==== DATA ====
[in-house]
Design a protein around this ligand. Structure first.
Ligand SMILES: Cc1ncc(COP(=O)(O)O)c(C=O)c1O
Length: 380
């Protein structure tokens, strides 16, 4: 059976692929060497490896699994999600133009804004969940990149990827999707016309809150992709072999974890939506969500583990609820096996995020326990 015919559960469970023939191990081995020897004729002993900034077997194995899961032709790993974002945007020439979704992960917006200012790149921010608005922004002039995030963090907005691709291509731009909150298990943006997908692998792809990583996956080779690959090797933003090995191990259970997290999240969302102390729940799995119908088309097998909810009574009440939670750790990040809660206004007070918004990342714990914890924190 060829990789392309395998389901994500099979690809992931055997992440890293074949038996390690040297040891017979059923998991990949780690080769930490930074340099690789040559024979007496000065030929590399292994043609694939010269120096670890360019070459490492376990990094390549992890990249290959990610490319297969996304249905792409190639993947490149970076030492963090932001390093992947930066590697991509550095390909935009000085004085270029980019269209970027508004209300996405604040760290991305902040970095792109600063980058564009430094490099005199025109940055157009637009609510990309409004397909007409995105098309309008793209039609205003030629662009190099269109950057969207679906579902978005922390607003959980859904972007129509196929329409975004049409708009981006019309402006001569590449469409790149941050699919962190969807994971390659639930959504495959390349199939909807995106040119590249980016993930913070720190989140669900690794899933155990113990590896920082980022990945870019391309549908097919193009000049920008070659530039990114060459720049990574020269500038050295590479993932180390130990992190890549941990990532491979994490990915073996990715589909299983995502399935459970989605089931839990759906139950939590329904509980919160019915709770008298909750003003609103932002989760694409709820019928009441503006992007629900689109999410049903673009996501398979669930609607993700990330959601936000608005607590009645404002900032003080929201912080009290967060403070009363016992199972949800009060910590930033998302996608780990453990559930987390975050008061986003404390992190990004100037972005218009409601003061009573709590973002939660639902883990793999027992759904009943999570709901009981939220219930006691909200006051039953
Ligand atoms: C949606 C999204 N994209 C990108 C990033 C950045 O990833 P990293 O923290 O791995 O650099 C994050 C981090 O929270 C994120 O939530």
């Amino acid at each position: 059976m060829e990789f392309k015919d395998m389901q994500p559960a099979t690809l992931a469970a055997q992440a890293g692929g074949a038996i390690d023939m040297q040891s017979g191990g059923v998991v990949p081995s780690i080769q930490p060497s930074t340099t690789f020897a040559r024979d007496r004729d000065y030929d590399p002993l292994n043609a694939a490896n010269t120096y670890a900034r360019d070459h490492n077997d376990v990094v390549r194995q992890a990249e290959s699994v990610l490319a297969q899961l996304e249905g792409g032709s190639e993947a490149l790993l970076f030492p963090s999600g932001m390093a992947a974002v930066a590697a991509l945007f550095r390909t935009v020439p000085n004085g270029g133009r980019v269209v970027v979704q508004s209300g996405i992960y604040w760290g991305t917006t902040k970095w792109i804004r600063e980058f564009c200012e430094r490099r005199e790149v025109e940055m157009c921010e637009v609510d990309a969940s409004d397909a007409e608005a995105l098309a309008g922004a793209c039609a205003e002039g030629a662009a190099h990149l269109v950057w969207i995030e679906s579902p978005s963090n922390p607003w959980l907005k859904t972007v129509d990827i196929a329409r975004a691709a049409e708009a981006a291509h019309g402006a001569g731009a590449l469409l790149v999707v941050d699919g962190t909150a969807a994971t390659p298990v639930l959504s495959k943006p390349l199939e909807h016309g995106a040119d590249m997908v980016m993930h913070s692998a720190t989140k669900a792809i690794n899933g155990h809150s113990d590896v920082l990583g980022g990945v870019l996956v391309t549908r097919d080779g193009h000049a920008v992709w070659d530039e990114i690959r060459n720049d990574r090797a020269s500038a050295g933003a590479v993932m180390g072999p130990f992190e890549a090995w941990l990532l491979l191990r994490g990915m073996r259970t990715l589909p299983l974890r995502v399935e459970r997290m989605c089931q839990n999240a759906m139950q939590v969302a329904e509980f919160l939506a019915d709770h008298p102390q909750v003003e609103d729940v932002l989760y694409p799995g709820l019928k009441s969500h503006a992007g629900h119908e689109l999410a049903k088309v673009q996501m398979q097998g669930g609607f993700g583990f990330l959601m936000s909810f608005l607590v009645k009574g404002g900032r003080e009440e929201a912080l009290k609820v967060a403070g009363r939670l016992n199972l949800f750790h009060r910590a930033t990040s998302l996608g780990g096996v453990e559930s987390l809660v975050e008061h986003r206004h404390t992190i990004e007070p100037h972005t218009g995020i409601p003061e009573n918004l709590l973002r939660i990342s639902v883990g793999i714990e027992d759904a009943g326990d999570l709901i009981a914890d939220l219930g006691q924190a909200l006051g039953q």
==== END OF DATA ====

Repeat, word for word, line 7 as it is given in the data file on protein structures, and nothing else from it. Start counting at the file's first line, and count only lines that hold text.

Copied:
């Amino acid at each position: 059976m060829e990789f392309k015919d395998m389901q994500p559960a099979t690809l992931a469970a055997q992440a890293g692929g074949a038996i390690d023939m040297q040891s017979g191990g059923v998991v990949p081995s780690i080769q930490p060497s930074t340099t690789f020897a040559r024979d007496r004729d000065y030929d590399p002993l292994n043609a694939a490896n010269t120096y670890a900034r360019d070459h490492n077997d376990v990094v390549r194995q992890a990249e290959s699994v990610l490319a297969q899961l996304e249905g792409g032709s190639e993947a490149l790993l970076f030492p963090s999600g932001m390093a992947a974002v930066a590697a991509l945007f550095r390909t935009v020439p000085n004085g270029g133009r980019v269209v970027v979704q508004s209300g996405i992960y604040w760290g991305t917006t902040k970095w792109i804004r600063e980058f564009c200012e430094r490099r005199e790149v025109e940055m157009c921010e637009v609510d990309a969940s409004d397909a007409e608005a995105l098309a309008g922004a793209c039609a205003e002039g030629a662009a190099h990149l269109v950057w969207i995030e679906s579902p978005s963090n922390p607003w959980l907005k859904t972007v129509d990827i196929a329409r975004a691709a049409e708009a981006a291509h019309g402006a001569g731009a590449l469409l790149v999707v941050d699919g962190t909150a969807a994971t390659p298990v639930l959504s495959k943006p390349l199939e909807h016309g995106a040119d590249m997908v980016m993930h913070s692998a720190t989140k669900a792809i690794n899933g155990h809150s113990d590896v920082l990583g980022g990945v870019l996956v391309t549908r097919d080779g193009h000049a920008v992709w070659d530039e990114i690959r060459n720049d990574r090797a020269s500038a050295g933003a590479v993932m180390g072999p130990f992190e890549a090995w941990l990532l491979l191990r994490g990915m073996r259970t990715l589909p299983l974890r995502v399935e459970r997290m989605c089931q839990n999240a759906m139950q939590v969302a329904e509980f919160l939506a019915d709770h008298p102390q909750v003003e609103d729940v932002l989760y694409p799995g709820l019928k009441s969500h503006a992007g629900h119908e689109l999410a049903k088309v673009q996501m398979q097998g669930g609607f993700g583990f990330l959601m936000s909810f608005l607590v009645k009574g404002g900032r003080e009440e929201a912080l009290k609820v967060a403070g009363r939670l016992n199972l949800f750790h009060r910590a930033t990040s998302l996608g780990g096996v453990e559930s987390l809660v975050e008061h986003r206004h404390t992190i990004e007070p100037h972005t218009g995020i409601p003061e009573n918004l709590l973002r939660i990342s639902v883990g793999i714990e027992d759904a009943g326990d999570l709901i009981a914890d939220l219930g006691q924190a909200l006051g039953q």